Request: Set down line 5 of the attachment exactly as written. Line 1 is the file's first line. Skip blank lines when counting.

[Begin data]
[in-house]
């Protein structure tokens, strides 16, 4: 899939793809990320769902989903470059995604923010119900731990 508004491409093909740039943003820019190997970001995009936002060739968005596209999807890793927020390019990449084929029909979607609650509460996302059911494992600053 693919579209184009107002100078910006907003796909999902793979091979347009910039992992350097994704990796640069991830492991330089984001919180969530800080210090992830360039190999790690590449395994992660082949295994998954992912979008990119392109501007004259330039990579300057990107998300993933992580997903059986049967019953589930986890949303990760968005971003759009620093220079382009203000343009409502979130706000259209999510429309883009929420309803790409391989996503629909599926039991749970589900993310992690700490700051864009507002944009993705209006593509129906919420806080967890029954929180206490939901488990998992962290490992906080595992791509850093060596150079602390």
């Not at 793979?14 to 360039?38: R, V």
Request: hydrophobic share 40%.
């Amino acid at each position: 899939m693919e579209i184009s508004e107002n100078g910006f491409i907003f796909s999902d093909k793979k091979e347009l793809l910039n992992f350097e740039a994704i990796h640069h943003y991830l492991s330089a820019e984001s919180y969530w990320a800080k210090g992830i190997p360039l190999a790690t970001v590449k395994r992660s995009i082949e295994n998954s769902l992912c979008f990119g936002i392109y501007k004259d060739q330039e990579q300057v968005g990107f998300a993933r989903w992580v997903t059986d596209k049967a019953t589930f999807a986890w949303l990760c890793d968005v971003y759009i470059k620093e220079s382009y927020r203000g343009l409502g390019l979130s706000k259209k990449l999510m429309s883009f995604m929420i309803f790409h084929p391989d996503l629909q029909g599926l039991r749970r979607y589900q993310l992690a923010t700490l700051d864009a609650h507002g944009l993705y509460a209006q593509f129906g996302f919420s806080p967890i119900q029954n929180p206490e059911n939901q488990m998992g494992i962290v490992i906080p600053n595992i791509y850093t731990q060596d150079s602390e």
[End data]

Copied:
């Amino acid at each position: 899939m693919e579209i184009s508004e107002n100078g910006f491409i907003f796909s999902d093909k793979k091979e347009l793809l910039n992992f350097e740039a994704i990796h640069h943003y991830l492991s330089a820019e984001s919180y969530w990320a800080k210090g992830i190997p360039l190999a790690t970001v590449k395994r992660s995009i082949e295994n998954s769902l992912c979008f990119g936002i392109y501007k004259d060739q330039e990579q300057v968005g990107f998300a993933r989903w992580v997903t059986d596209k049967a019953t589930f999807a986890w949303l990760c890793d968005v971003y759009i470059k620093e220079s382009y927020r203000g343009l409502g390019l979130s706000k259209k990449l999510m429309s883009f995604m929420i309803f790409h084929p391989d996503l629909q029909g599926l039991r749970r979607y589900q993310l992690a923010t700490l700051d864009a609650h507002g944009l993705y509460a209006q593509f129906g996302f919420s806080p967890i119900q029954n929180p206490e059911n939901q488990m998992g494992i962290v490992i906080p600053n595992i791509y850093t731990q060596d150079s602390e």